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The No-Cry Discipline Solution: Taming the Big 3

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Updated on May 14, 2012

Tantrums, fussing and whining—these “big three” items often top the list of the most frustrating discipline problems during the early childhood years. In fact, all children master their own version of these behaviors—some are expert whiners, some have kicking and screaming down to an art—and while these misbehaviors appear and disappear at various ages and stages, every parent has to deal with them at some point!

Even though there are times when you want to bang your head against the wall, convinced that your child has it out for you, most often tantrums, fussing and whining are caused by your child’s inability to express or control his emotions. When he’s stressed in any way—be it hunger, tiredness, boredom, or frustration—he’s more likely to lose control. These “sparks” which often instigate whimpers and tears can often be avoided or modified by careful scrutiny. When he begins a meltdown ask yourself—is it past naptime? Is he due for a snack? Is the puzzle too much beyond his ability level? Solve the base problem and you’ll be better able to help your child gain control of his emotions. Be flexible, and use the following tips to help you handle those inevitable bumps in the road along the way.

  • Get eye-to-eye. Avoid temptation to make a request from a distance—if you holler room-to-room, your kid will likely ignore you, if he hears you at all. Instead, walk to him, kneel down to his level, look him in the eye and spell out what you’d like him to do—ensuring his full attention, and eliminating any excuse he has for not cleaning up the toys. Noncompliance—whether intentional or not—creates stress, which leads to fussing and tantrums, so be sure your child understands the task at hand.
  • Avoid focus on what not to do. Kids hear far to many nos, don’ts and stops—and these negative words are often met with defensiveness and resistance. Instead, explain exactly what you’d like your child to do in a positive, specific way, so he has simple instructions to follow. Try saying, “I’d like the two of you to find a fair way to share your toys,” instead of, “Stop bickering over your toys!”
  • Offer the freedom of choice—within limits. Avoid power struggles by giving your child more of a say in his life. Indulge his craving for independence by asking whether your kid would rather put on his coat or bring along a sweatshirt, instead of commanding him to zip his jacket on that moment. That way, your child’s happy he’s involved in decision-making, and you’re in control of his growing need for individual freedom. Win-win!
  • Validate his feelings. Since kids tend to lose their cool because of an inability to express their feelings, give your little one the words he needs to identify and understand his big emotions; “You’re sad. You want to stay here and play. I know.” Acknowledging his feelings doesn’t mean giving into his request, but letting your child know that you’re understanding and sympathetic to his problem may be enough to help calm his woes. Follow the validation with a brief explanation and instructions, “The bus leaves soon, so take one last turn down the slide before we leave.”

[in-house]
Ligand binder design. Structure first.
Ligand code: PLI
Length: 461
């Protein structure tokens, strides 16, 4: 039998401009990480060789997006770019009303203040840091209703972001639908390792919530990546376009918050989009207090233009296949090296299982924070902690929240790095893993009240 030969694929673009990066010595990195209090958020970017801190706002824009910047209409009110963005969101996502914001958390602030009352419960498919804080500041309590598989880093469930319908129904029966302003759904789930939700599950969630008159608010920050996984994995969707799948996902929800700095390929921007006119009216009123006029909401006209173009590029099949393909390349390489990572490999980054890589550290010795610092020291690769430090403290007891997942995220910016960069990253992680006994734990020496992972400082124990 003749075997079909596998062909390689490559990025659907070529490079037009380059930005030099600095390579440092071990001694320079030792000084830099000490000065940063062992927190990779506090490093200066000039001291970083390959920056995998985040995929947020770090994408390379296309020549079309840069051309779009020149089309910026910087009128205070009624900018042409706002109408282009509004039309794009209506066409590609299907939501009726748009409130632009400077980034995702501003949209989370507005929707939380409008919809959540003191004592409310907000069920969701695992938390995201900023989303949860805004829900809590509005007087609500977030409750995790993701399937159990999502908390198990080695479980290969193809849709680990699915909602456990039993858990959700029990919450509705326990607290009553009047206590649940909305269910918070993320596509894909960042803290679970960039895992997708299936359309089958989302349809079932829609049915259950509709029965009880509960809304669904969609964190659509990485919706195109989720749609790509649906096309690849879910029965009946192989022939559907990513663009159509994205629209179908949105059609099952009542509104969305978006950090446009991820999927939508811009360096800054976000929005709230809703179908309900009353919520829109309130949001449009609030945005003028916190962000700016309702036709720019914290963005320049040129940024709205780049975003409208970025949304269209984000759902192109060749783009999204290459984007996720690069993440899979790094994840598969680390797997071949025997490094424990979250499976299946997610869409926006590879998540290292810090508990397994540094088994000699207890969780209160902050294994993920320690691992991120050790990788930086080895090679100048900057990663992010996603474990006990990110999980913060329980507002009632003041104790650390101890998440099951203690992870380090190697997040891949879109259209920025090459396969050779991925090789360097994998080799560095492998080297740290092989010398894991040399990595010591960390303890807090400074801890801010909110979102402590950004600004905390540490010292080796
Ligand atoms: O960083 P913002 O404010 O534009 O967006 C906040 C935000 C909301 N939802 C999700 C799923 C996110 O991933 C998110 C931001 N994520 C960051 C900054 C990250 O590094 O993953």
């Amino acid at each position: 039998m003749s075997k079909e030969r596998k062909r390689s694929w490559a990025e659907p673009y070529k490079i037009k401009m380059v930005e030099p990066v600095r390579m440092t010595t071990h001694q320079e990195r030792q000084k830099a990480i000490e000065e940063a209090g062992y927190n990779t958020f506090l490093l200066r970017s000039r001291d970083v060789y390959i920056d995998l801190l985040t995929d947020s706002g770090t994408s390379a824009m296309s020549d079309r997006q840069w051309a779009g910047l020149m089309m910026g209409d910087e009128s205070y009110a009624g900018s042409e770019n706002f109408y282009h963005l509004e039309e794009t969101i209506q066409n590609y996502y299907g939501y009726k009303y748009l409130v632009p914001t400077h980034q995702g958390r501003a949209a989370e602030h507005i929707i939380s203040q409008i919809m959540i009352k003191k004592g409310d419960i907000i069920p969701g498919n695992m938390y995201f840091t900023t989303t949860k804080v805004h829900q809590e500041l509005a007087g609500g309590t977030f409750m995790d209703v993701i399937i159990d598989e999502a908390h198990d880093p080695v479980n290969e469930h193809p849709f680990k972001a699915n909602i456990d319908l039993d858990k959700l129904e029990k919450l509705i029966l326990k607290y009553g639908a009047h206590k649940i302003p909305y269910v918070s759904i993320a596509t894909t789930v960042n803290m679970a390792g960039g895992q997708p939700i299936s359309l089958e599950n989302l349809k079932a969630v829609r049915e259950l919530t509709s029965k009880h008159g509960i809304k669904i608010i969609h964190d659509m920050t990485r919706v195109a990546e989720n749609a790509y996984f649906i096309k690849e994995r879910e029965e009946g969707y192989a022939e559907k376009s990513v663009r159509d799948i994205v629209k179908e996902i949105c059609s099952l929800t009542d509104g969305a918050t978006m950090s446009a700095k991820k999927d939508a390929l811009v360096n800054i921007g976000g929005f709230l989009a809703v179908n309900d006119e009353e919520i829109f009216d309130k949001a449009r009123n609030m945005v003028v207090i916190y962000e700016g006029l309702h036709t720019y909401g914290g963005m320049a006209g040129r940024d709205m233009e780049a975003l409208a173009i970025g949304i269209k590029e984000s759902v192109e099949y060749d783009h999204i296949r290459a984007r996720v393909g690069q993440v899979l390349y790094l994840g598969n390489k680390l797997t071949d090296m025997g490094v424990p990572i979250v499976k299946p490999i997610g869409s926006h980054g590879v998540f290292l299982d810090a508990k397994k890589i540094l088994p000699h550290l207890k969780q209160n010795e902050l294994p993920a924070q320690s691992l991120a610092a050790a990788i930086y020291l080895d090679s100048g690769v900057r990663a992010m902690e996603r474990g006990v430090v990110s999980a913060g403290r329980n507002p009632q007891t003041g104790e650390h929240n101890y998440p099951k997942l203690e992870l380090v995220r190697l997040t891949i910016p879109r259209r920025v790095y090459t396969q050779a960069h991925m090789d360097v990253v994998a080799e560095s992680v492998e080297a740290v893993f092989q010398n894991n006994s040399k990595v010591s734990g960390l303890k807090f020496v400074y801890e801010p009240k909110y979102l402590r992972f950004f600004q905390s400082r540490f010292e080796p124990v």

• Teach the “Quiet Bunny”. Physiological symptoms of stress—including muscle tension and rapid breathing—keep kids in an agitated state once they’ve worked themselves up. Teach your child how to relax using the “Quiet Bunny” approach, and then remind him of the technique when fussing begins. Have your child sit or lie comfortably with eyes closed, and tell a story that he’s a quiet bunny. Name different body parts (feet, legs, tummy, etc.) and have your child wiggle it, and then relax it. Once he’s familiar with this process, you can use it during times he’s agitated. Crouch down to your child’s level, put your hands on his shoulders, and look him in the eye and say, “let’s do our Quiet Bunny.” Then, talk him through the relaxation process. Eventually, simply mentioning the exercise will help him slow down and calm the physical symptoms of a meltdown.
  • Distract and involve. Take advantage of your tiny tyke’s short attention span by distracting him during a tantrum. When he begins whining or fussing, look past the tears and try viewing it as an “activity” that he’s engaged in—and offer an alternative. Your kid’s not a good multi-tasker, so there’s a good chance you’ll be able to end the conniption fit with the recommendation of something different, like reading a favorite book or going on a walk outside.
  • Invoke his imagination. If your child’s upset about the no-toy rule at Target, it can help to vocalize his fantasy of what he wishes would happen: “I bet you wish we could buy every single toy in this store.” By replacing wheedling with wishes, there’s a good chance that he’ll forget to focus on what he’s not getting, and will work on coming up with a list of dream demands instead.
  • Preventative measures. Tell your child what behavior you expect before leaving the house, beginning a play date or when entering a public building. Be positive and specific, and you have a good chance of preventing outbursts from happening.
  • When it’s over, it’s over. Don’t hold a grudge—after a tantrum, let the episode go and move on. Don’t feel you must teach a lesson by withholding your approval, love or company. Children bounce right back, and it is okay for you to bounce right back, too.

Parenting educator Elizabeth Pantley is the president of Better Beginnings, Inc., a family resource and education company. She is also the author of twelve parenting books, including the popular "No-Cry" series.

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